Laura Mellado, a community and SETA member, spoke in support of Cruz and other residents facing similar challenges at a Housing Rights Committee of San Francisco rally in Garfield Park on Thursday. Photo by Anlan Cheney.

A malfunctioning speaker and gusting wind did not silence a neighborhood rally for rent relief in Garfield Park Thursday evening. The message was still loud and clear: “We are not going to allow any more evictions,” declared facilitator and Housing Rights Committee of San Francisco (HRCSF) organizer Maria Jandres in Spanish. “We are not going to let our community be punished because they lost their jobs”.

The bilingual rally’s focal point was local resident Elena Cruz’s fight for rent relief. Cruz lost her job when the pandemic hit in March, 2020, and remains unemployed. She uses her savings to pay part of her rent and housing costs, and has updated her landlord on her efforts to get rent relief, a promise that has been delayed for many. 

Cruz’s apartment has been a home for her and her family, including a 16-year-old daughter and 21-year-old son, for 18 years. Addressing the Housing Rights Committee tenant association’s members, and others gathered in the park where her children played while growing up, Cruz reflected on their nearly two decades in the neighborhood. 

“Inside, my soul is torn, my heart is extremely sad. It is very difficult for me, as for my family, to find ourselves in this situation,” she said. “I don’t want to go, because it’s my home.”

Cruz submitted an application for California Covid-19 Rent Relief in April, and for a San Francisco program in July, to cover back and future rent. She still owes over $20,000 in rent, and no relief funds have been issued. 

Elena Cruz, a Mission resident, holds up letters from her landlord detailing their communication and eviction notices. Photo by Annika Hom. August 26, 2021.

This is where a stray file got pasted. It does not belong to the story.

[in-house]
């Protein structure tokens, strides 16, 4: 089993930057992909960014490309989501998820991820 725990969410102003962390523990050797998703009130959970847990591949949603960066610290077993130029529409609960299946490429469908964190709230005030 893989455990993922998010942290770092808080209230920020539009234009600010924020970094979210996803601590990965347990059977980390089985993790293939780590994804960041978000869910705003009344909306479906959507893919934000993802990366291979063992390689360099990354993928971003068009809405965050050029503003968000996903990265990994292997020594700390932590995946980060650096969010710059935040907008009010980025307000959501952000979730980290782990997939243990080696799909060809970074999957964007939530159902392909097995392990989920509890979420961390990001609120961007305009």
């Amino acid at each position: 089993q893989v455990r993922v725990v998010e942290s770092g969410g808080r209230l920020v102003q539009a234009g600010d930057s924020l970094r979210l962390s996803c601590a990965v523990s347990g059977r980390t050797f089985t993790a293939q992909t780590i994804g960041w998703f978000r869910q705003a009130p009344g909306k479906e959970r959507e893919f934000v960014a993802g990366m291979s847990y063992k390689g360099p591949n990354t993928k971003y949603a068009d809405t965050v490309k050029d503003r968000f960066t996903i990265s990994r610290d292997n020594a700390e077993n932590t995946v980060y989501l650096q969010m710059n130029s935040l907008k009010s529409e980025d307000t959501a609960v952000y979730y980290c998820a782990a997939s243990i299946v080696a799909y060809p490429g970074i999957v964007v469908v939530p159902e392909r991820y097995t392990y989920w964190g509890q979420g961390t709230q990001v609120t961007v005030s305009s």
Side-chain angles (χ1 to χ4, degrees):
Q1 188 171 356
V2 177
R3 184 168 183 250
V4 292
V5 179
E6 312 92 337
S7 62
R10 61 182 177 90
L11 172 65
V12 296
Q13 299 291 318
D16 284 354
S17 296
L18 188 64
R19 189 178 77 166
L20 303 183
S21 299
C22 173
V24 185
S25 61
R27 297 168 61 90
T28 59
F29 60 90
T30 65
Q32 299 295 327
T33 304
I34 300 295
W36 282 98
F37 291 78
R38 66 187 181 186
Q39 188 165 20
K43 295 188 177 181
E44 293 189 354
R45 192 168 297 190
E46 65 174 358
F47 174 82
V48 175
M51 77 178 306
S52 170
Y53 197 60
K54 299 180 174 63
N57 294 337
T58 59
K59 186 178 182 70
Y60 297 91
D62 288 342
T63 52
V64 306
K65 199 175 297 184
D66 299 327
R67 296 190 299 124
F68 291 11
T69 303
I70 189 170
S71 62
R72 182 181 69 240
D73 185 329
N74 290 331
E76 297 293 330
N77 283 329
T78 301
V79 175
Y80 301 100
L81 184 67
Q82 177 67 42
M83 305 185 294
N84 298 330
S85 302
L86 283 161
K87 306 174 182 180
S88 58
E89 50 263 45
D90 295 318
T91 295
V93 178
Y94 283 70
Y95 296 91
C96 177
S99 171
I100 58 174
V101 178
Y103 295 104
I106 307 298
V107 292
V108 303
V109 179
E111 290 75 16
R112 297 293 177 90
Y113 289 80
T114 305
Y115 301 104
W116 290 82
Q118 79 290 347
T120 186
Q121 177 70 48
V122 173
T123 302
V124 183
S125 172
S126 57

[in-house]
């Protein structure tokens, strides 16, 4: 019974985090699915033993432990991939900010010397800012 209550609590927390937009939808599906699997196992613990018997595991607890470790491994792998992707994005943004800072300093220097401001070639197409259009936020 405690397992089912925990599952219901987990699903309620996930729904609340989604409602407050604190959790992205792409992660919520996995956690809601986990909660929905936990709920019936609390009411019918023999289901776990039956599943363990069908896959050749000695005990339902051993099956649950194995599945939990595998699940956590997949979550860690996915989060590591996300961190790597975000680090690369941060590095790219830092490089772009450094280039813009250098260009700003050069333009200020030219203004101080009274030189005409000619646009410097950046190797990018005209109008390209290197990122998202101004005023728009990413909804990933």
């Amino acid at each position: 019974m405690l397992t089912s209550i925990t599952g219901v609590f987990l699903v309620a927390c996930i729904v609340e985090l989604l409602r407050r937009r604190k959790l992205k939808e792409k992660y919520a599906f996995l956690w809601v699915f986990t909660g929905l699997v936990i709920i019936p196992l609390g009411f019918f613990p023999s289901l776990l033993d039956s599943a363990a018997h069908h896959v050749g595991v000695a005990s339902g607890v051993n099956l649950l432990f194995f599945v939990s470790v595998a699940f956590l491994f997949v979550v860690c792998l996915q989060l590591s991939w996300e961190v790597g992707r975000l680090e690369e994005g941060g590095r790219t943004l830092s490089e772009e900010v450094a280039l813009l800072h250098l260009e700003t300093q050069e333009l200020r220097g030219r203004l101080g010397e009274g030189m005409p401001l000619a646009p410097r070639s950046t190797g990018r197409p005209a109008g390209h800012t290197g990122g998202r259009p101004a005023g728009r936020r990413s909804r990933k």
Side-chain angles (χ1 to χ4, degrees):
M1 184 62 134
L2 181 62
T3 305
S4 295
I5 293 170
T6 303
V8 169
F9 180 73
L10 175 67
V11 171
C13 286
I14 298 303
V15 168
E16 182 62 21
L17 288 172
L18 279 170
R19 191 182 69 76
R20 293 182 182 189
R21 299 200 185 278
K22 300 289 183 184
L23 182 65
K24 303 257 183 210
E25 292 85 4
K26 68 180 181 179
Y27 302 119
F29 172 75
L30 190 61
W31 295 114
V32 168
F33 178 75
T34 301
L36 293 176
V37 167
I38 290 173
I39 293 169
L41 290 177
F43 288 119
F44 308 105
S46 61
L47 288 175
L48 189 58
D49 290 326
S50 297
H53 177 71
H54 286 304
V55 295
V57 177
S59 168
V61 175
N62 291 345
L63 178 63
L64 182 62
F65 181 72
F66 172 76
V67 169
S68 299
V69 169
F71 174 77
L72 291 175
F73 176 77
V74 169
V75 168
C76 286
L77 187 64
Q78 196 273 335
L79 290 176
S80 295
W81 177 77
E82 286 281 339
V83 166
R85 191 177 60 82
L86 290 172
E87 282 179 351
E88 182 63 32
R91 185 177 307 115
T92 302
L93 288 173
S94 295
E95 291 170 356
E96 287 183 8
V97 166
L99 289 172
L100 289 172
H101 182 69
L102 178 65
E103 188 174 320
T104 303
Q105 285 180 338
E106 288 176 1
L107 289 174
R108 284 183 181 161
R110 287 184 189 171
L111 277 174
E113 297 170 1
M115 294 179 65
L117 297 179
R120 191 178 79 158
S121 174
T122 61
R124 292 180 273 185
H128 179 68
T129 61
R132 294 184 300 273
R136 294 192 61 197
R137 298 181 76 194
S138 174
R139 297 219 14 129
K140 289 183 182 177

Cruz also alleges harassment by her landlord who, despite regular communication from Cruz about pending rent relief, continues to send eviction notices and ignores Cruz’s communications. Copies of correspondence between Cruz and her landlord were provided at the rally, but the landlord could not be reached for comment. 

A petition was also circulated at the rally, seeking 30 signatures to urge Cruz’s landlord to end harassment and cooperate with her requests to claim rent relief. Some 50 people attended the rally, and 40 signed the petition.

“I feel powerless, because I cannot speak the same language [as my landlord]” said Cruz in Spanish, explaining that the HRCSF’s Southeast Tenant’s Association (SETA) helped her and other residents communicate with their landlords and reassured her of her rights, including drafting an English version of the petition letter. “I have found a lot of relief and a lot of strength in the association.”

In addition to alleged harassment by landlords and possible eviction, Cruz and other residents face the added stress of “shadow debt,” or money borrowed to pay rent and other living expenses, advocates said. With eviction protection funds in limbo and the eviction moratorium about to expire, Cruz and residents like her wonder what will happen if relief program promises come up short. 

Meanwhile, the Southeast Tenant’s Association is mobilizing to support renters, raise awareness of renters’ rights, and prevent self-evictions, which is when a tenant elects to leave their home without understanding their rights and ability to apply for rent relief. 

Maria Zamudio, the organizing director of the Housing Rights Committee of San Francisco,  explained that Thursday was an important time to hold the rally, as federal unemployment benefits through the CARES Act and the eviction moratorium expire September 4 and 30, respectively. “We want to ensure the moratorium continues,” she said. “[Covid-19] is still raging, and people still need unemployment.”